Montreal

Quebec's highest court rejects PQ election-night shooter Richard Bain's sentence appeal

The Quebec Court of Appeal has ruled Richard Bain will have to spend 20 years in prison before being allowed to apply for parole — upholding the original eligibility period initially imposed by Superior Court Justice Guy Cournoyer.

Bain, guilty of 2nd-degree murder, will have to serve 20 years in prison before becoming eligible for parole

In September 2016, Richard Bain was sentenced to life in prison with no chance of parole for 20 years for the murder of stagehand Denis Blanchette. That sentence has been upheld by the Quebec Court of Appeal. (Radio-Canada)

The Quebec Court of Appeal has ruled Richard Bain will have to spend 20 years in prison before being allowed to apply for parole — upholding the original eligibility period initially imposed by Superior Court Justice Guy Cournoyer.

Bain was convicted of second-degree murder in the shooting death of stagehand Denis Blanchette at the Parti Québécois election-night victory rally in September 2012.  

In September 2016, Cournoyer sentenced Bain to life in prison with no chance of parole for 20 years.

Bain appealed, seeking to have his period of parole ineligibility reduced from 20 years to 10, while the Crown wanted to extend that period from 20 to 25 years.

Sentence not 'manifestly unfit'

Although the five judges who heard the appeal unanimously agreed to leave the period of parole ineligibility unchanged, they did not do so for the same reasons.

In their written ruling, justices Allan R. Hilton, Marie-Josée Hogue and Patrick Healy found that the 20-year period of parole ineligibility did not "deviate from the proper sentencing range," in light of the charge of second-degree murder and three counts of attempted murder for which Bain was convicted.

However, justices Nicole Duval Hesler and Jacques J. Levesque had different reasons for not changing the parole ineligibility.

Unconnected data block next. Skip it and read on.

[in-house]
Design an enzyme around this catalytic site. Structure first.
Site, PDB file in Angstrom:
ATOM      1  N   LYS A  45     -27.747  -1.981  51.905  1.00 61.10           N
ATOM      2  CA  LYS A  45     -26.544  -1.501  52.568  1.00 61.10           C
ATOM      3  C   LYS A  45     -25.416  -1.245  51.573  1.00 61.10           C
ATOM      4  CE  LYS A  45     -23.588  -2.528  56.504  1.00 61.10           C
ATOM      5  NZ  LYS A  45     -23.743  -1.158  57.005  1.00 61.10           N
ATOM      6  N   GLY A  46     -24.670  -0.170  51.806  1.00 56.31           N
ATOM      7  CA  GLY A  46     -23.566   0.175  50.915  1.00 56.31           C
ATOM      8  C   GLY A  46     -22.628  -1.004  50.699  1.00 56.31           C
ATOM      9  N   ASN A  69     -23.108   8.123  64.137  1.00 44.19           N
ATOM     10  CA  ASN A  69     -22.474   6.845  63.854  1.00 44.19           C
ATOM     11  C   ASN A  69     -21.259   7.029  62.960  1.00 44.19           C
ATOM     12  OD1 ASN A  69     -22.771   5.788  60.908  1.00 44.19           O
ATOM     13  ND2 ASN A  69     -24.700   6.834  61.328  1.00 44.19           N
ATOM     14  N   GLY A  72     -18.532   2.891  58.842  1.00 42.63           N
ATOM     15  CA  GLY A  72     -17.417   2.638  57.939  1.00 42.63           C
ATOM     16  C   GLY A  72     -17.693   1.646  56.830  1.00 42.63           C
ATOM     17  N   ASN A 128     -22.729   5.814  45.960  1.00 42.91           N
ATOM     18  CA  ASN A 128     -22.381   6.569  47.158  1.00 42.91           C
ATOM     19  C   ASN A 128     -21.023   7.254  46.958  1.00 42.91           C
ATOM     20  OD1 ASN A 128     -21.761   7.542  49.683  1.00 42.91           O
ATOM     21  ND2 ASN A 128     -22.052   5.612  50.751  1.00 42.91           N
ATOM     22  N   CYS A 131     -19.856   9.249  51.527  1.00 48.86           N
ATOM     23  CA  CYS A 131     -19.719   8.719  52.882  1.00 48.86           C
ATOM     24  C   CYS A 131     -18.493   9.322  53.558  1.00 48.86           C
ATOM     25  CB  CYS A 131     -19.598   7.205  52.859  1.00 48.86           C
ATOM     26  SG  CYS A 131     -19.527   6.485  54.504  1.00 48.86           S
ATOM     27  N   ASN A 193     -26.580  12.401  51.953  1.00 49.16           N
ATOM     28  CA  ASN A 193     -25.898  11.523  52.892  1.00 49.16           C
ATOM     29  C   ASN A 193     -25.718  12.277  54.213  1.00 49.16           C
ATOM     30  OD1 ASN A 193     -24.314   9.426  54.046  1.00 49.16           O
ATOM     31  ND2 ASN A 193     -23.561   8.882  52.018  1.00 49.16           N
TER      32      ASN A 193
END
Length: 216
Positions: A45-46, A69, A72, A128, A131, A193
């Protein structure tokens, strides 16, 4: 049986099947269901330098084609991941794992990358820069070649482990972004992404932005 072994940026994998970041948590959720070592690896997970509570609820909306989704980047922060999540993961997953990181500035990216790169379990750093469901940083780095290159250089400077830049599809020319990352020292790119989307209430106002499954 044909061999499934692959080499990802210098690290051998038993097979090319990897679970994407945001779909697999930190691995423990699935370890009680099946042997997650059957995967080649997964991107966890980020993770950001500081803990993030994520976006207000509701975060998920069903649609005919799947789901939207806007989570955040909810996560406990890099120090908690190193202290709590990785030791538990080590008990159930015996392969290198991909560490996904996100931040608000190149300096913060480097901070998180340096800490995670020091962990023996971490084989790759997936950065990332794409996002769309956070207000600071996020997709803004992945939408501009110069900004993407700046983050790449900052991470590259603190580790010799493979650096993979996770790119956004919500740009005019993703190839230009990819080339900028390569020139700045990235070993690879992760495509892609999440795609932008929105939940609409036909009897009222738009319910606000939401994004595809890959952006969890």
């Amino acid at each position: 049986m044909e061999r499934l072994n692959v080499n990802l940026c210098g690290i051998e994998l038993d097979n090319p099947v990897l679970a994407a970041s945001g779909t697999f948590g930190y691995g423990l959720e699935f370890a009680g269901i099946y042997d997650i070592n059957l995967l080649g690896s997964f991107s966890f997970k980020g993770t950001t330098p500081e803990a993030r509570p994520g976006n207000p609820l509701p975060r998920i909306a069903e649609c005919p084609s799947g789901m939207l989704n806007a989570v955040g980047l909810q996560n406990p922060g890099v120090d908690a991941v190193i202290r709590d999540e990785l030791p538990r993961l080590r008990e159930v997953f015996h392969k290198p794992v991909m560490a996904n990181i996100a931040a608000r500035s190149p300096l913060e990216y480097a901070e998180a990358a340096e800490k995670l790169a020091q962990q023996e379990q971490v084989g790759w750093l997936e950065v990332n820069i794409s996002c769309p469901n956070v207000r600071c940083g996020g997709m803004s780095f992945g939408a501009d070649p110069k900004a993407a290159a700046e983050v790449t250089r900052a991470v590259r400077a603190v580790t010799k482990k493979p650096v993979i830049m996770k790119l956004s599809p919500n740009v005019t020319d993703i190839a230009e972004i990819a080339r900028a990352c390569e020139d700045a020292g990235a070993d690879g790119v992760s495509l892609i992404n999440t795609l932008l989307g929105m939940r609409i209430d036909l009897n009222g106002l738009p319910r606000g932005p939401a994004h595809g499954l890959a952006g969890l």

They wrote the reasons for extending the period before someoe can apply for parole must have a "firm evidentiary foundation," ruling that the Crown had not made that case.

However, the two judges did not choose to shorten Bain's period of ineligibility for parole either.

Even though they found that Bain's sentence did not "on its face justify a period of parole ineligibility of more than fifteen years," the judges say they did not find the sentence "manifestly unfit," given the seriousness of the crimes.

They also noted that a provision in the Criminal Code allowing a person who has served at least 15 years of a sentence to apply for a reduction in the number of years of imprisonment without eligibility for parole was not available to Bain.

That provision does not apply to murders committed after 2011.

Appeal Court shows sympathy for Bain

Despite the fact that the Court of Appeal did not reduce Bain's eligibility period, justices Hesler and Levesque did strike a somewhat sympathetic note toward the election-night shooter.

Their decision notes that the trial judge did not mention Bain's character and personal history.

"Here was an accused who had been a good citizen, regularly employed throughout his life," it said.

The ruling detailed how Bain had been prescribed a psychotropic drug for depression, leaving him with "clues of an underlying delusional system."

The judges said they found it disconcerting that there was no consideration given to Bain's prospects of rehabilitation.

Bain 'a sick man'

At a hearing before the Court of Appeal in October 2018, defence lawyer Alan Guttman argued that Bain is "a sick man."

"If they were to release him today, I don't think they'd have any problems with him," he said.

Crown prosecutor Maude Payette called Bain's crimes in 2012 "atrocious" and "horrible," arguing that he attacked the very essence of democracy.

"Richard Henry Bain committed one of the worst crimes in the history of this country," said Payette.

Guttman argued that Cournoyer ignored jurisprudence in the precedent-setting case involving Denis Lortie, the man who killed three government employees at the National Assembly in 1984.

Lortie was also found guilty of second-degree murder, and he was eligible for parole after 10 years.

"The cases are parallel. It's like a mirror," Guttman said.

About the Author

Elias Abboud

Journalist

Elias Abboud is a journalist at CBC Montreal.